Document - Czech Republic: European Court decision on discrimination in education

AMNESTY INTERNATIONAL


Public Statement


AI Index: EUR 71/002/2007 (Public)

News Service No: 221

13 November 2007


Czech Republic: European Court decision on discrimination in education



The European Court of Human Rights on 13 November concluded that the Czech Republic had discriminated against Romani children by placing them -- as a result of their Roma origin -- in special schools for children with learning difficulties. The ruling, made by the Court's Grand Chamber, is final.


Eighteen Romani people from Ostrava had taken their case to the court on grounds of discrimination and violations of their right to education. The applicantsalleged that their placement in special schools between 1996 and 1999 had been as a result of unreliable tests, that their parents had not been sufficiently informed of the consequences of giving consent to such a placement, and that the system had amounted to a general practice resulting in discrimination against Roma and their segregated education.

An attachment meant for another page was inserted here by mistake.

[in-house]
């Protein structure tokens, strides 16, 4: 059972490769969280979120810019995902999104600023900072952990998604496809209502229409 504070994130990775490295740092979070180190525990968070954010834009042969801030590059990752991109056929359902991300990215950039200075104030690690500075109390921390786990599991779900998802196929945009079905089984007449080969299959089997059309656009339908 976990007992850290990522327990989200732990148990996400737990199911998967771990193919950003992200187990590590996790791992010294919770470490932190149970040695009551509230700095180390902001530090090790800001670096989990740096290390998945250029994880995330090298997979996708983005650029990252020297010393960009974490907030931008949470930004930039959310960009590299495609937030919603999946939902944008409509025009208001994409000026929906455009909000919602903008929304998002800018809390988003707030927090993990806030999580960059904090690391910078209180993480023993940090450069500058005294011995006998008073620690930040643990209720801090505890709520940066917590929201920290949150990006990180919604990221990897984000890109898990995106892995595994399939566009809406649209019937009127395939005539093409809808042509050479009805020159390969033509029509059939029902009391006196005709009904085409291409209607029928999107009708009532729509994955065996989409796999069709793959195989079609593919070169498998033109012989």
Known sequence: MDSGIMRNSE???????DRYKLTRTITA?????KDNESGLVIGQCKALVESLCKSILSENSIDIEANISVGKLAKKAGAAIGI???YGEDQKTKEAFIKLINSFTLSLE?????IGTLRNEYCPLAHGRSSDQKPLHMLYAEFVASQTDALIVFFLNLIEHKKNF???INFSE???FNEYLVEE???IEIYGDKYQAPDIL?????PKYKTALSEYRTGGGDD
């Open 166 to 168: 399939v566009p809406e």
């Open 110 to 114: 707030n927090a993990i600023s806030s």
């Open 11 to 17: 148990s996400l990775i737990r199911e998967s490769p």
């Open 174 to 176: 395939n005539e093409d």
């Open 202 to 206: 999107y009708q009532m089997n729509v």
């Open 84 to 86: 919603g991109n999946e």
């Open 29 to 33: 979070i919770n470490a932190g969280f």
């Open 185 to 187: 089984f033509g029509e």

The Grand Chamber noted that the Roma "have become a specific type of disadvantaged and vulnerable minority" which requires "special protection" including in the sphere of education. While the system of special schools in the Czech Republic had not been introduced solely to cater for Roma children, the Grand Chamber found that, in practice, disproportionate numbers of Roma children had been placed inspecial schools, where they followed a more basic curriculum and were isolated from other children. The Czech authorities themselves have accepted that in 1999 between 80 and 90 percent of children attending special schools were of Romani origin. The majority of the Grand Chamber "was not satisfied that the parents of the Roma children, who were members of a disadvantaged community and often poorly educated, were capable of weighing up all the aspects of the situation and the consequences of giving their consent".As a consequence, the Grand Chamber found that the relevant Czech legislation at the time in question had in practice had a disproportionately prejudicial effect on the Roma community.Far from receiving special protection, Roma children had in fact received an education which "compounded their difficulties and compromised their...development". While the Court noted that there have been changes to the law and that other efforts havebeen made to address the education needs of Roma, the Court found that the difference in treatment was not objectively and reasonably justified.


The Grand Chamber found that there had been a violation of Article14 (prohibition of discrimination) of the European Convention on Human Rights, read in conjunction with Article 2 of Protocol No. 1 (on the right to education) to the Convention.









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